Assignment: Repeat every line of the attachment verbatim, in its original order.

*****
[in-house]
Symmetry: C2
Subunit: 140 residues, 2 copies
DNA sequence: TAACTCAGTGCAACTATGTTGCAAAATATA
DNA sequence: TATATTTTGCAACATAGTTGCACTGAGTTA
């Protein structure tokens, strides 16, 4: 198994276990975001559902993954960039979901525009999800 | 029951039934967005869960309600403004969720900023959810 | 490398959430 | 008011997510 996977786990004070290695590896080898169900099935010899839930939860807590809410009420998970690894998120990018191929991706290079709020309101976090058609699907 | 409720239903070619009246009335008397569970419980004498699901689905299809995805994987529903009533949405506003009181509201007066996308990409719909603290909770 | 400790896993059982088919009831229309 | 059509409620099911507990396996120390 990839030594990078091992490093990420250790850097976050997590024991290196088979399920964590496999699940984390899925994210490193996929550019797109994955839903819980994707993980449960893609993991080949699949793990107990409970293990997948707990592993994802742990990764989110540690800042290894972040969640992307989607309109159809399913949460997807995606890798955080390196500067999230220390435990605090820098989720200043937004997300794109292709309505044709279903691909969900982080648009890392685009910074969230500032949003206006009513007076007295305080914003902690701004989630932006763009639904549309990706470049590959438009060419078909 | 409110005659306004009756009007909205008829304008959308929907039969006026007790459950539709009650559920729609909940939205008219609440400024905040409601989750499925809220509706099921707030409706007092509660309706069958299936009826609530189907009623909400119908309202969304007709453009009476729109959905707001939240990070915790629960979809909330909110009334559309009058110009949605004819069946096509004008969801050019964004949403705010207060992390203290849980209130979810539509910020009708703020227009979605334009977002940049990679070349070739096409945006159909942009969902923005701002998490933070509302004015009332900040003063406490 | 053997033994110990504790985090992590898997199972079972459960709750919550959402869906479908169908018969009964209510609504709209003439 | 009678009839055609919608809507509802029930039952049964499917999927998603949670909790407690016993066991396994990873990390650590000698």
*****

[in-house]
Symmetry: C2
Subunit: 140 residues, 2 copies
DNA sequence: TAACTCAGTGCAACTATGTTGCAAAATATA
DNA sequence: TATATTTTGCAACATAGTTGCACTGAGTTA
């Protein structure tokens, strides 16, 4: 198994276990975001559902993954960039979901525009999800 | 029951039934967005869960309600403004969720900023959810 | 490398959430 | 008011997510 996977786990004070290695590896080898169900099935010899839930939860807590809410009420998970690894998120990018191929991706290079709020309101976090058609699907 | 409720239903070619009246009335008397569970419980004498699901689905299809995805994987529903009533949405506003009181509201007066996308990409719909603290909770 | 400790896993059982088919009831229309 | 059509409620099911507990396996120390 990839030594990078091992490093990420250790850097976050997590024991290196088979399920964590496999699940984390899925994210490193996929550019797109994955839903819980994707993980449960893609993991080949699949793990107990409970293990997948707990592993994802742990990764989110540690800042290894972040969640992307989607309109159809399913949460997807995606890798955080390196500067999230220390435990605090820098989720200043937004997300794109292709309505044709279903691909969900982080648009890392685009910074969230500032949003206006009513007076007295305080914003902690701004989630932006763009639904549309990706470049590959438009060419078909 | 409110005659306004009756009007909205008829304008959308929907039969006026007790459950539709009650559920729609909940939205008219609440400024905040409601989750499925809220509706099921707030409706007092509660309706069958299936009826609530189907009623909400119908309202969304007709453009009476729109959905707001939240990070915790629960979809909330909110009334559309009058110009949605004819069946096509004008969801050019964004949403705010207060992390203290849980209130979810539509910020009708703020227009979605334009977002940049990679070349070739096409945006159909942009969902923005701002998490933070509302004015009332900040003063406490 | 053997033994110990504790985090992590898997199972079972459960709750919550959402869906479908169908018969009964209510609504709209003439 | 009678009839055609919608809507509802029930039952049964499917999927998603949670909790407690016993066991396994990873990390650590000698």